Holly: The first myth, Nate, is really that whole life insurance is too expensive. And I think one of the points that you and I both want to make is the fact that in our mindset we view it as too expensive because we see a lot of information out there about buying term and investing the difference as well as, “For only $19 a month you can do this or this,” and we believe that whole life insurance is only for the wealthy. Now, you and I say a lot to our clients, “The wealthy are buying this, so you should be buying it, too.” It’s kind of the Warren Buffet saying: “If poor people would do what rich people would do, they wouldn’t be poor anymore.” Basically, the rich use the product differently, whole life insurance, than the way we’ve been taught how to use it.

So in reality, it’s really not too expensive when you look at it longterm. And we focus more on that death benefit, which is dollars that are going to pass on to our future generations, versus money that we need to live on today. So in reality, it really isn’t too expensive. It’s how it’s actually designed to work for you when you have a professional designing it so that it actually isn’t too expensive for almost anybody to afford.

Nate: Yeah. And I think one of the first problems with the expensive mentality or something like that, it all kind of spawns, Holly, from the fact that, let’s say you wanted to go buy $1 million of life insurance and you wanted to get a $1 million death benefit. If you were to buy a term insurance policy, then the premium to get that death benefit, of course really … it is cheaper than the death benefit to get a whole life insurance policy with $1 million. You know, the term insurance might be $1,000 premium to get a $1 million, where the whole life could be, like, $6,000 or something like that to get $1 million, or somewhere in that range.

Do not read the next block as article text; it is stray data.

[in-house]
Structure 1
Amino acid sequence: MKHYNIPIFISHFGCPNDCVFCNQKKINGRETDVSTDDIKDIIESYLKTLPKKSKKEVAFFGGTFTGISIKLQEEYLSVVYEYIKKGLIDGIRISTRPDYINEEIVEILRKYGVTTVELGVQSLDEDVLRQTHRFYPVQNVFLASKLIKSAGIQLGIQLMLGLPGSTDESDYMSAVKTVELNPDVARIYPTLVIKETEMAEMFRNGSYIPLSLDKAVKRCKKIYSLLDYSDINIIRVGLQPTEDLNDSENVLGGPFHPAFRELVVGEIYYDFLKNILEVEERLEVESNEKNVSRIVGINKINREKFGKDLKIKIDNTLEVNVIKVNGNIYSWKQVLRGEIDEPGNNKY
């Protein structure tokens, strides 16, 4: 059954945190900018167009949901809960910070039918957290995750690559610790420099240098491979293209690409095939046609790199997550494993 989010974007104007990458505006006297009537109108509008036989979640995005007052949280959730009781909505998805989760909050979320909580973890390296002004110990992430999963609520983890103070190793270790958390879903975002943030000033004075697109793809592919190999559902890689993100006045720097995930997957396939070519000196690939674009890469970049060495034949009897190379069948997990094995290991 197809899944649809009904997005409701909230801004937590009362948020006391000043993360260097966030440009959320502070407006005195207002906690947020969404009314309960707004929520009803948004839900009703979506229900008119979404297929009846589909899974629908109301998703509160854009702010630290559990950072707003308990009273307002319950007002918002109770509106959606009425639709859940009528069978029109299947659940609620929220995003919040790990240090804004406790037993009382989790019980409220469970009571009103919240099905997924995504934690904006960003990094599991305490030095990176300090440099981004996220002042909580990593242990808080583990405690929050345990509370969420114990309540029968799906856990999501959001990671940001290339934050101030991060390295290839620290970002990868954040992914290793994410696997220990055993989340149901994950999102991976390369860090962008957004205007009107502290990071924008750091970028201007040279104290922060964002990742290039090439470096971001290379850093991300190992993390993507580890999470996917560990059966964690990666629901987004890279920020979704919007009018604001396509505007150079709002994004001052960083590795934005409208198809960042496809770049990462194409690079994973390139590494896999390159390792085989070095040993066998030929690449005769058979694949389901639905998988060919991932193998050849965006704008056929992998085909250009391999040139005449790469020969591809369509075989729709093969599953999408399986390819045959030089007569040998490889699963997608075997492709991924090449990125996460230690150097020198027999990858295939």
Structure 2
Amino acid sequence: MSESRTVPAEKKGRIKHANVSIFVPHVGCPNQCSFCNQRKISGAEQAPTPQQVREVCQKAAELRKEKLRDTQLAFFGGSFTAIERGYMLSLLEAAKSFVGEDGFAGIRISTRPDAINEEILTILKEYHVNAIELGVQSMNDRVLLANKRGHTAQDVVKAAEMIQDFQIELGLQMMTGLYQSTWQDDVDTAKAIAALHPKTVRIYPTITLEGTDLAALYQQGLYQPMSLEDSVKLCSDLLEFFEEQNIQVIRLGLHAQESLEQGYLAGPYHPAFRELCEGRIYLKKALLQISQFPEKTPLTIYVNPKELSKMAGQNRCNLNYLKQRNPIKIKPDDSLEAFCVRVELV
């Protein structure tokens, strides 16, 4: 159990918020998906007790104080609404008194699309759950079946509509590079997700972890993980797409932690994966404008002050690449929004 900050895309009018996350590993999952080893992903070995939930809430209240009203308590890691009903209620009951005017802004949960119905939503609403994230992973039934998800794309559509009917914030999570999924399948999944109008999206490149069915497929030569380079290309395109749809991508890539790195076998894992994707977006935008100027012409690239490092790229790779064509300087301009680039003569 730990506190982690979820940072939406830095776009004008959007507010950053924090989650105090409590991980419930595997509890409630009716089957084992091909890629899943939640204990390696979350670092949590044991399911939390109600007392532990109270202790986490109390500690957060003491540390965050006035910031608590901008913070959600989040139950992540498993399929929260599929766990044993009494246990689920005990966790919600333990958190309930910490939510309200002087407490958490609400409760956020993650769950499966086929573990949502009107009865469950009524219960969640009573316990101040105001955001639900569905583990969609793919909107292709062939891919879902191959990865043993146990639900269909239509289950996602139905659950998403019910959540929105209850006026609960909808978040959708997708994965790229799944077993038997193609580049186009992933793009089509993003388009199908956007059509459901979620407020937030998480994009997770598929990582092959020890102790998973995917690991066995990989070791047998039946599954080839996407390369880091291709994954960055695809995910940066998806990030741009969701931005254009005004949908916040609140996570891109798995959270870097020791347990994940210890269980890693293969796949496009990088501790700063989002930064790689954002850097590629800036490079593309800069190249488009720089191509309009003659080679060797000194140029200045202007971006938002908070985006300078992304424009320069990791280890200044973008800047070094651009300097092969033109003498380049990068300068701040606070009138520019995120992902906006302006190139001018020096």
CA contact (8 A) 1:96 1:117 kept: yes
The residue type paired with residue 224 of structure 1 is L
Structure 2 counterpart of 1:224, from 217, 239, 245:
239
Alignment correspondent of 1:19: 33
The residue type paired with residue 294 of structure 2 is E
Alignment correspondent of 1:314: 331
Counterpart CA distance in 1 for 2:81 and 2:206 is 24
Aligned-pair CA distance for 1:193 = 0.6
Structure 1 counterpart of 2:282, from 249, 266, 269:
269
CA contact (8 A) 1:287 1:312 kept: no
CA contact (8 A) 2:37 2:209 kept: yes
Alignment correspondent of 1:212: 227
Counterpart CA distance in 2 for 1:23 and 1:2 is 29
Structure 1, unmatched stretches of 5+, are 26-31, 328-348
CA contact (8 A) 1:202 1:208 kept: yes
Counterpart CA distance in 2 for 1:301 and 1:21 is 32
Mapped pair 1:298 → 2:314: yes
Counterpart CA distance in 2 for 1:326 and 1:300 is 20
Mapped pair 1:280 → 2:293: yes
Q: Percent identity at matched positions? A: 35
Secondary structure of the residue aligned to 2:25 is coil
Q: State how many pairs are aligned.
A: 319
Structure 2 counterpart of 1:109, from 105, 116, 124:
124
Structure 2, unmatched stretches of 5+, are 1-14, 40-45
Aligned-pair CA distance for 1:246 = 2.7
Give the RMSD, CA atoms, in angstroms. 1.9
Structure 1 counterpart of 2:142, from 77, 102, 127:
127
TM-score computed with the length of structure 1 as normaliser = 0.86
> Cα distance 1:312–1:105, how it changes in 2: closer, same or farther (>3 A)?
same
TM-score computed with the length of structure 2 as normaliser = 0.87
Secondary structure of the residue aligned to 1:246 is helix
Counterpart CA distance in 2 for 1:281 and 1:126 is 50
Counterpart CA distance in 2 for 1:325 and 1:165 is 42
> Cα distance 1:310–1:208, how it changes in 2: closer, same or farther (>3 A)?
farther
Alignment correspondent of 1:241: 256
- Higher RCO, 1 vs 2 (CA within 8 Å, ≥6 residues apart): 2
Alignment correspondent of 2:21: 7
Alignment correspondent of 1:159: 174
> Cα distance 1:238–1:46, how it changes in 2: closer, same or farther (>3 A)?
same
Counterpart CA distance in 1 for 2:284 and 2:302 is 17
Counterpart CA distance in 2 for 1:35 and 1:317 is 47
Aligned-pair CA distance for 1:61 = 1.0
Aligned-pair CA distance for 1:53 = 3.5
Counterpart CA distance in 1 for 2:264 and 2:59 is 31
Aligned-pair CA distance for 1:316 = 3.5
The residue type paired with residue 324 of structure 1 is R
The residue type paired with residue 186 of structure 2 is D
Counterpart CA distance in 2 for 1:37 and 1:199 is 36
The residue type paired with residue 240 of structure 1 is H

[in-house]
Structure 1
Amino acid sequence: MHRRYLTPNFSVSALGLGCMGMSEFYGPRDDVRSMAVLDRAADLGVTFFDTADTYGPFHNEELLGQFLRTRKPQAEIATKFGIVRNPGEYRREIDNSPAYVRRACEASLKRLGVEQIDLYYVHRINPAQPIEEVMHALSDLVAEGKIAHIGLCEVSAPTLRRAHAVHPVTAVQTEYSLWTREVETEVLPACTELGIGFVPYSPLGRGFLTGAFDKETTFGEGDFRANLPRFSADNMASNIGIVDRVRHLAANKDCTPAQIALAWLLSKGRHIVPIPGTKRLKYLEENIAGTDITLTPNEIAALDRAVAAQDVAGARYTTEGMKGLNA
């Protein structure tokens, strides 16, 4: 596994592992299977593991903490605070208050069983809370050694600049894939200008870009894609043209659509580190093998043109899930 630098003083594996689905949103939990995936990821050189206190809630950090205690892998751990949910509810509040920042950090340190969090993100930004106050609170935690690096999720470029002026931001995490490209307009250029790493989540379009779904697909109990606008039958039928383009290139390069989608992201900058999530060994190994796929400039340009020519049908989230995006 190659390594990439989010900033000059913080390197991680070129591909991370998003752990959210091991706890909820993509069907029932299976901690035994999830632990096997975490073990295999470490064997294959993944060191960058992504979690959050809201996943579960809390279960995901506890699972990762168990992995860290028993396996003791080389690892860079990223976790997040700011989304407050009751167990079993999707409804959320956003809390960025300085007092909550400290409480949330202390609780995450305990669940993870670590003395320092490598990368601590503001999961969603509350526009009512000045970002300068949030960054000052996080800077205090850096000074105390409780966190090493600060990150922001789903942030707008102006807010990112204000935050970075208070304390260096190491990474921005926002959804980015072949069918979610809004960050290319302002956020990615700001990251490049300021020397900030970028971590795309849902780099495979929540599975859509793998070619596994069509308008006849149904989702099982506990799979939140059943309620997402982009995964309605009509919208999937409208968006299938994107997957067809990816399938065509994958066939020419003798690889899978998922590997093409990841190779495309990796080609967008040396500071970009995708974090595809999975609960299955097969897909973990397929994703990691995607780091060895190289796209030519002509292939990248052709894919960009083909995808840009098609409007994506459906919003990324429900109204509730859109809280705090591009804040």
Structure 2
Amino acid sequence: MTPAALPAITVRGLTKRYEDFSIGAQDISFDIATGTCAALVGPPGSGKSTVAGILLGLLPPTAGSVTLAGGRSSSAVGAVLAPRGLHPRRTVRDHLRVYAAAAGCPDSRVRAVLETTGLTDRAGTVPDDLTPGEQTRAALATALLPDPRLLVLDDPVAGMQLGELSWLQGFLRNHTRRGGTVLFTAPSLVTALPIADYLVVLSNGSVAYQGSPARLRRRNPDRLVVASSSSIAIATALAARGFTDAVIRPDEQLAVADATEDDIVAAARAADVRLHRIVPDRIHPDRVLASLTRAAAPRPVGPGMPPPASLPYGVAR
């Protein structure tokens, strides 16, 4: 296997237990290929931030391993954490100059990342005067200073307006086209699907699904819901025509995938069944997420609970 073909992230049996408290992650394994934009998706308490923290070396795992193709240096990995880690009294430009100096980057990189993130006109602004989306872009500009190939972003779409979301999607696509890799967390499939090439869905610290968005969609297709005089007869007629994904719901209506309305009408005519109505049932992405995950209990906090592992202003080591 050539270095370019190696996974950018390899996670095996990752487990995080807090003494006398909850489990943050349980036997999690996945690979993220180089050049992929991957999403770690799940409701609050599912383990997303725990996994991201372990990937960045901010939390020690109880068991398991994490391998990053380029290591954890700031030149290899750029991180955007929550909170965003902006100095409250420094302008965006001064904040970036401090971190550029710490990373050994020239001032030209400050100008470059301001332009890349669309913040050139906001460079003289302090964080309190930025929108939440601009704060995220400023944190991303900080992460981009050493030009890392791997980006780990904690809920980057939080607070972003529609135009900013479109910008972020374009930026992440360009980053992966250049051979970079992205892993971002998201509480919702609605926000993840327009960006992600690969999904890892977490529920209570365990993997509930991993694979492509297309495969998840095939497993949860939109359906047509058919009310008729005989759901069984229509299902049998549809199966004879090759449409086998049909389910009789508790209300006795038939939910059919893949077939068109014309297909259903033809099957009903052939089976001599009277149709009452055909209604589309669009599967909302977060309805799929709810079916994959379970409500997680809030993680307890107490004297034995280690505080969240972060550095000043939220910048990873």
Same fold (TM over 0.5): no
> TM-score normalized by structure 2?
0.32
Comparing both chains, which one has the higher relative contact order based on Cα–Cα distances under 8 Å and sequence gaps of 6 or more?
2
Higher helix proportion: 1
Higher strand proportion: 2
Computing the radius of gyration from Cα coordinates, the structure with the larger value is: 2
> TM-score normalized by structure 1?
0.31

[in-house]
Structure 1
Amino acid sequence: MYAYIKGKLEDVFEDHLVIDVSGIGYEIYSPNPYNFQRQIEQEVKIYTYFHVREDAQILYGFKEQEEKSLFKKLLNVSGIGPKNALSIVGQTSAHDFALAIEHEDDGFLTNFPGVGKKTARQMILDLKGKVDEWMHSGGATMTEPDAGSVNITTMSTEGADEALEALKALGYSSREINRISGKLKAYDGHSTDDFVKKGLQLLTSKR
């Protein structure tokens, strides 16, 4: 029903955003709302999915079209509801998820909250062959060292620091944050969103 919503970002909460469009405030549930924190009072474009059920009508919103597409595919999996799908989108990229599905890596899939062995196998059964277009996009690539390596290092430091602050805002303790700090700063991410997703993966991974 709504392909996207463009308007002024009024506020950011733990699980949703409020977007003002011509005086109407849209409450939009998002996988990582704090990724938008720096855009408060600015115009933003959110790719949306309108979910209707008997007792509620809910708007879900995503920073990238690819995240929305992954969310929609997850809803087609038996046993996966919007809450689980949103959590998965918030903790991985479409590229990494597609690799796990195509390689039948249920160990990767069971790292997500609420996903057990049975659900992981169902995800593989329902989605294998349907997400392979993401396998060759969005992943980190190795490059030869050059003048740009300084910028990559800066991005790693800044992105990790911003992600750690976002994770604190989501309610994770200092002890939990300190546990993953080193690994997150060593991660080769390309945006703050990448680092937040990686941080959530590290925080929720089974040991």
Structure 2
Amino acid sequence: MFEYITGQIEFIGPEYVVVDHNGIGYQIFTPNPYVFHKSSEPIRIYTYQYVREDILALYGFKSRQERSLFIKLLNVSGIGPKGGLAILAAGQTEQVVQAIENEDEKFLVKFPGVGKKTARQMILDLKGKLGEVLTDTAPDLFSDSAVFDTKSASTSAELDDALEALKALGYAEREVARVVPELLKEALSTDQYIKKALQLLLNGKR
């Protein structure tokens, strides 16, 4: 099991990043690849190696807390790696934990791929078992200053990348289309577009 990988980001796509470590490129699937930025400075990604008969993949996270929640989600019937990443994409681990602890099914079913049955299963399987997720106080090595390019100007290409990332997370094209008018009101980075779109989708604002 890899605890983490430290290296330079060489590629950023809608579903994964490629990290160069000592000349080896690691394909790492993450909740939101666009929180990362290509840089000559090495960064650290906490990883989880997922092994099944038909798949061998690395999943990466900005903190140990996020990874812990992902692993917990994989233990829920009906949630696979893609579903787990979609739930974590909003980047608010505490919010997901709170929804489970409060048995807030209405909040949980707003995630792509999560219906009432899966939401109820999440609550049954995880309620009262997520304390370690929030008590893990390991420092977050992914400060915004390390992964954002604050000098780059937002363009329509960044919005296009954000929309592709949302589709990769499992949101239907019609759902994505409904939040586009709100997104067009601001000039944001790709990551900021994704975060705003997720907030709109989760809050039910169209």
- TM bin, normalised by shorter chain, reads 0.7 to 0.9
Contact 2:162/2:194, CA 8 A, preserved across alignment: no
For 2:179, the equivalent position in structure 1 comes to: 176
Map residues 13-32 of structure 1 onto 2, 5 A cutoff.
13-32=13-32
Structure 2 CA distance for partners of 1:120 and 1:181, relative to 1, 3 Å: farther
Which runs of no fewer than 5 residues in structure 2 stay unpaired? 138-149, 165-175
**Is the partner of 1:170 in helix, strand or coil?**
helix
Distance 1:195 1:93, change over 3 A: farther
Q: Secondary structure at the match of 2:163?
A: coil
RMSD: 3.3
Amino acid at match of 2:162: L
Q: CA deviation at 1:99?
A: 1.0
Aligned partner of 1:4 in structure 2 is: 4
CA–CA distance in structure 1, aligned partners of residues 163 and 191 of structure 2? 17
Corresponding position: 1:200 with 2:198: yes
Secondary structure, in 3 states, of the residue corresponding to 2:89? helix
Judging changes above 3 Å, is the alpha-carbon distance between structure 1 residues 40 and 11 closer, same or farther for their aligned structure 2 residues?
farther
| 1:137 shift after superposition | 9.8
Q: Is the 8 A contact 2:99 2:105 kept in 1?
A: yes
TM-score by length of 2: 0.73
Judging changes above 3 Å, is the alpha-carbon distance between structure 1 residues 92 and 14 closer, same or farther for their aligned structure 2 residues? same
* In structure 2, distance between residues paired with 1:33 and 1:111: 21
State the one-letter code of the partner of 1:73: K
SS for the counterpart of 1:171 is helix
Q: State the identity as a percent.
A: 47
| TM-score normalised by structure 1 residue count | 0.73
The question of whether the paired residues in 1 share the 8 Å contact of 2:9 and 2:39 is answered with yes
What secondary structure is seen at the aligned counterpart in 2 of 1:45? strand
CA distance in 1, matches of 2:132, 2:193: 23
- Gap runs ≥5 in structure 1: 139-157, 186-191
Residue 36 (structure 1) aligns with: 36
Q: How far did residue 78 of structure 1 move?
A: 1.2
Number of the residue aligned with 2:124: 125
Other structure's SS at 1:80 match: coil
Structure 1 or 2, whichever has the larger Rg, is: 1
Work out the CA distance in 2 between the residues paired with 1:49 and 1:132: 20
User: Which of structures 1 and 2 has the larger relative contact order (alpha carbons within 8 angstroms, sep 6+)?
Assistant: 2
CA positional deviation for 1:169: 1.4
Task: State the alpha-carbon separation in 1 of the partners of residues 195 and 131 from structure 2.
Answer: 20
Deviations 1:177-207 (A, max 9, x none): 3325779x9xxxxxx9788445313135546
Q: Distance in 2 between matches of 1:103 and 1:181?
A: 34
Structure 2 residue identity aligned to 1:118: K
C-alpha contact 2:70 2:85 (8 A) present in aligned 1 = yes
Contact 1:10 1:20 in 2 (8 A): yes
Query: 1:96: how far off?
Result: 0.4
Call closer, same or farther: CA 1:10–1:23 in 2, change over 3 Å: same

So when people see this they say, “Oh, it’s too expensive.” But as you and I both know, Holly, whenever you’re doing our concept it really changes everything. Because, once again, we’re not actually even buying whole life insurance for the death benefit in the first place. We’re buying it to build as much cash value as we possibly can. So in other words, that mentality that people bring in is they’ve looked at … some agents brought them quotes or something like that, and they say, “Here’s what you can get for term. Here’s what you can get for whole life.” Clearly the term’s much cheaper. It’s totally backwards whenever you are doing it for cash. Because then you don’t really care what death benefit you get.

In other words, we’re not trying to solve when you’re doing IBC for a death benefit. It’s nice to have one, as Holly said. It’s the legacy component. It’s great. But it’s not too expensive, because we’re actually here to make money with the policy. So if you can pay premiums and make big returns, which we’ll talk about later, inside your policy, 100% tax free with no risk, would you really object to putting more money into it? It’s that payment mentality versus the deposit mentality that I think we’ll talk about soon.